Farmers are savvy, Zolli said, describing an Iowan corn farmer, for instance, as “an IT shop,” open to data with the potential for vast efficiency gains. “We live in an era of big data, and I believe we are heading into an era of big indicators.” Those indicators, he said, tell us about health and wellness around us, and are essential for aligning climate resources.
Bernd Halling, Head of Corporate Strategy and Advocacy, Bayer, said the discussion about societal needs and technology is still developing, and that there needs to be “an acceptance of innovative technology by users to make it valuable on the ground.” In Europe, a somewhat controversial discussion is growing about how to get private and public sectors working together, and in a timely manner.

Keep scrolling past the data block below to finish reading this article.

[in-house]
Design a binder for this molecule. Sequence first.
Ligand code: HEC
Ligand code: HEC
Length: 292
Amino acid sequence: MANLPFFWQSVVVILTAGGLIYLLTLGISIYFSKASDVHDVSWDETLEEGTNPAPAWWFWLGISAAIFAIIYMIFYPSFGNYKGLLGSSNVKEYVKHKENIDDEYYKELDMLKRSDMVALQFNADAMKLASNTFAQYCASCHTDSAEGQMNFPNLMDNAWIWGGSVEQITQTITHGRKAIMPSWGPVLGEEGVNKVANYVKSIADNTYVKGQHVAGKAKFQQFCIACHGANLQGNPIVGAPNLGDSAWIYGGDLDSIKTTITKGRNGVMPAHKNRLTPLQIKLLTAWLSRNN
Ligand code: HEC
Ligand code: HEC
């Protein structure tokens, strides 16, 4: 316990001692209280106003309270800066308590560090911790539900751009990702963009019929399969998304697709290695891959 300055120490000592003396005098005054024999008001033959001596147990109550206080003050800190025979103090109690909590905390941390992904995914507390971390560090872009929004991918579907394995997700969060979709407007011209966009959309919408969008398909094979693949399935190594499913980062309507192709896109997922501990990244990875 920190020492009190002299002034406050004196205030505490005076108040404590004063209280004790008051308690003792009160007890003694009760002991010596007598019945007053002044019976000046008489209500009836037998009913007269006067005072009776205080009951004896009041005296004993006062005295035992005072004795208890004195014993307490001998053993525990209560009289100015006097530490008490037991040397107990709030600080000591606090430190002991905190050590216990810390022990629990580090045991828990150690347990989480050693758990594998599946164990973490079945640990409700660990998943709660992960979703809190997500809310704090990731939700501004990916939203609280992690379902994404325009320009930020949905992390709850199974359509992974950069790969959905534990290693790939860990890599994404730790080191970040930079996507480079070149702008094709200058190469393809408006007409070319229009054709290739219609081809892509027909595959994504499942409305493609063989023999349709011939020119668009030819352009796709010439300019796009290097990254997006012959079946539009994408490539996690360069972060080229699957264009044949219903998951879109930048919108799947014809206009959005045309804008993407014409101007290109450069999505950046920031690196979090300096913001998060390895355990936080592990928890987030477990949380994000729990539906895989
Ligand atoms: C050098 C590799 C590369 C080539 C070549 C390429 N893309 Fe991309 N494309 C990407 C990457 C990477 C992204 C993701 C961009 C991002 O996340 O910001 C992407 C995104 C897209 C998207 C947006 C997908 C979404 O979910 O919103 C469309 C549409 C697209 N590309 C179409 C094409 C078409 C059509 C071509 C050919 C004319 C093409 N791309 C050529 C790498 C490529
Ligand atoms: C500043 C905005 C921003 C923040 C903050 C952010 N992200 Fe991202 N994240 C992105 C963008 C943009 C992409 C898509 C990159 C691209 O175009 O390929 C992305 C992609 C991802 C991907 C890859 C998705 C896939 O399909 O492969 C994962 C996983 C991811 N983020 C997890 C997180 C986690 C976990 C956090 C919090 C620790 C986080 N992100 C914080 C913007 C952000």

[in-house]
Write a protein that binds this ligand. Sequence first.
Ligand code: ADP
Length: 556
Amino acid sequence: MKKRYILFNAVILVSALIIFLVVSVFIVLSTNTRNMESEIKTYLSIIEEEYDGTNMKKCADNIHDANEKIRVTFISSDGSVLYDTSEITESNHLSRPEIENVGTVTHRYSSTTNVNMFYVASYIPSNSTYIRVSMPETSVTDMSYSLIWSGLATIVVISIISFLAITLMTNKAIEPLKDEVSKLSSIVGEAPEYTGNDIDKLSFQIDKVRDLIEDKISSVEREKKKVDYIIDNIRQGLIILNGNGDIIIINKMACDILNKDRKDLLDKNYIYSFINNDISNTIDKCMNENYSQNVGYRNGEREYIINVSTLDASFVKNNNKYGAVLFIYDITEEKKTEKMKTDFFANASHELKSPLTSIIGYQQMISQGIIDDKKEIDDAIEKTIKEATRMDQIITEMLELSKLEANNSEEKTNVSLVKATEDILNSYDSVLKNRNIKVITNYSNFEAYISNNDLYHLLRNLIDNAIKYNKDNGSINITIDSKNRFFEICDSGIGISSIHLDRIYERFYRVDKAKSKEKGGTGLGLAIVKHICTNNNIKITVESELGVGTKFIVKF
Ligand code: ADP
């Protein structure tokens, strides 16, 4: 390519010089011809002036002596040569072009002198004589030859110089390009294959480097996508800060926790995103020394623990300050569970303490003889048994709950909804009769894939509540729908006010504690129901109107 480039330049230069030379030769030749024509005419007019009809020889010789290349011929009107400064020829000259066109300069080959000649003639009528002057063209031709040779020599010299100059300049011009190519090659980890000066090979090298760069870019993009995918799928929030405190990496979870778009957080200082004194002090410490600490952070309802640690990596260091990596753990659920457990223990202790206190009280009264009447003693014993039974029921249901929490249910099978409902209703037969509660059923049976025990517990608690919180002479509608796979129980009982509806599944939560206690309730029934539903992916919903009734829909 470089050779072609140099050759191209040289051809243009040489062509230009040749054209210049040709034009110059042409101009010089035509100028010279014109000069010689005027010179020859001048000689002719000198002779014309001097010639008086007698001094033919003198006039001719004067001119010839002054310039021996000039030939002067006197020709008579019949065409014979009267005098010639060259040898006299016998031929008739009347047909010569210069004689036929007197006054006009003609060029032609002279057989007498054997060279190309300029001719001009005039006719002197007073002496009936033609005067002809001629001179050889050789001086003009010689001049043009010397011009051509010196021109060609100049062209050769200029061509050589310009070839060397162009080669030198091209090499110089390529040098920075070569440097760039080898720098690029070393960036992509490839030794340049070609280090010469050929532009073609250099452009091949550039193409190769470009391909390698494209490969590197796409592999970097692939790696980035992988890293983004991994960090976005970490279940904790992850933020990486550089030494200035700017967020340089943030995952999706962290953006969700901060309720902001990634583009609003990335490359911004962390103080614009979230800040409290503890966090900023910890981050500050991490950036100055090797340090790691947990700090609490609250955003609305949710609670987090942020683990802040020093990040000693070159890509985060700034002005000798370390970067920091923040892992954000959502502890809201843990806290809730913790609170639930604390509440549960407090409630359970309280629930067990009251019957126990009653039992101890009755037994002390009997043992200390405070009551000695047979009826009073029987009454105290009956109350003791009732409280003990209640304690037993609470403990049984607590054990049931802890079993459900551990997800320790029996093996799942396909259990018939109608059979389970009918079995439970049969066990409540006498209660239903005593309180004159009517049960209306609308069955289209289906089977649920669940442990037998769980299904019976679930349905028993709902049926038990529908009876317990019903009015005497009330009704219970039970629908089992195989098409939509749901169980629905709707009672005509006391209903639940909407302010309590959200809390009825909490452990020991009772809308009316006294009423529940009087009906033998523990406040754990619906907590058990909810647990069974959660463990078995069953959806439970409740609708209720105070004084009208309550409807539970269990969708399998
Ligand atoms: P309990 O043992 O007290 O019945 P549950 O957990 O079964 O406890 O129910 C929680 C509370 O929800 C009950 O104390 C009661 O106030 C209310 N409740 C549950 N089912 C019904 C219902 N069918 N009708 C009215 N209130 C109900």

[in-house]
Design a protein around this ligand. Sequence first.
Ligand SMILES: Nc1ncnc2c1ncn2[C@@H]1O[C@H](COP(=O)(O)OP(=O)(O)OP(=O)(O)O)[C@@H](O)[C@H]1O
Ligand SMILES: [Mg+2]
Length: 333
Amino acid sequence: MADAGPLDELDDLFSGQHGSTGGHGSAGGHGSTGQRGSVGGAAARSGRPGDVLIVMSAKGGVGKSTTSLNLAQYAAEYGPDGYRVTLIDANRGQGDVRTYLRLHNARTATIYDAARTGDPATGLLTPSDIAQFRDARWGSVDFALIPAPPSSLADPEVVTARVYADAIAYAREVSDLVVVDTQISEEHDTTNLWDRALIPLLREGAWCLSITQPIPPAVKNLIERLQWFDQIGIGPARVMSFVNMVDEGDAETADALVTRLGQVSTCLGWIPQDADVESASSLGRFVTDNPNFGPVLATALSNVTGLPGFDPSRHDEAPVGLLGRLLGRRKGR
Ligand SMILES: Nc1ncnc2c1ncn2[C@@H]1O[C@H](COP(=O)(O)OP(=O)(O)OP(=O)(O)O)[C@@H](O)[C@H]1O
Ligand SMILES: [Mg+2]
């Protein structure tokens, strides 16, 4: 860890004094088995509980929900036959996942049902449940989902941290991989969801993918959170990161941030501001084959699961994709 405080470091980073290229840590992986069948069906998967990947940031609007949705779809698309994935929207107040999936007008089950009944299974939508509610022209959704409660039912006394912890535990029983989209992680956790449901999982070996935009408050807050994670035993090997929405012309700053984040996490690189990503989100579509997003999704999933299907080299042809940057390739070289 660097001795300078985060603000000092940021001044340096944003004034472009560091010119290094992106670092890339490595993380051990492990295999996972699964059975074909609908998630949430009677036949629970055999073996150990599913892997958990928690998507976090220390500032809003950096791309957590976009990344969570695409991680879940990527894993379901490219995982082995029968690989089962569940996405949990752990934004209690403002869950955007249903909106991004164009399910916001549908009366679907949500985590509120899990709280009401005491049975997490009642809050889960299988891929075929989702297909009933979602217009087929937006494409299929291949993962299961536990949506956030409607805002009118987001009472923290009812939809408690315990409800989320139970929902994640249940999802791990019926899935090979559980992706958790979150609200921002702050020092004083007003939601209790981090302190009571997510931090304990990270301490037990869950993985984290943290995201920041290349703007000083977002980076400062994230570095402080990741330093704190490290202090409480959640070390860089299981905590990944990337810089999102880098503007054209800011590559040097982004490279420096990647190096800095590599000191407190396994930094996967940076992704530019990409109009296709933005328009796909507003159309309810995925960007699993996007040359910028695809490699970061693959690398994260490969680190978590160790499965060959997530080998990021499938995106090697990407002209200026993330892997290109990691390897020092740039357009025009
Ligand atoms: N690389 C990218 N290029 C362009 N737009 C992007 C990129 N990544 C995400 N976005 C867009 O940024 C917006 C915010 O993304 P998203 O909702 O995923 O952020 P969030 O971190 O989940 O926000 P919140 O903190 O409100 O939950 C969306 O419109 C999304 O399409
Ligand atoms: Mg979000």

Tom Ferguson, Managing Partner, Burnt Island Ventures, said the impetus to fund entrepreneurs in the water sector comes from water being “criminally overlooked.” Of the $40 billion committed to climate tech since January 2020, only about $400 million targets water, or about a dismal 1-percent. “Which is not good,” Ferguson said, “given that climate change is water change.”
The good news is the caliber of water entrepreneurs is improving, “like night and day from three or four years ago,” because they chase opportunities and the chance to do something meaningful. “More and better entrepreneurs will build more and better solutions,” Ferguson said, adding that it’s time for water entrepreneurs to be given the same advantages given to energy decades ago.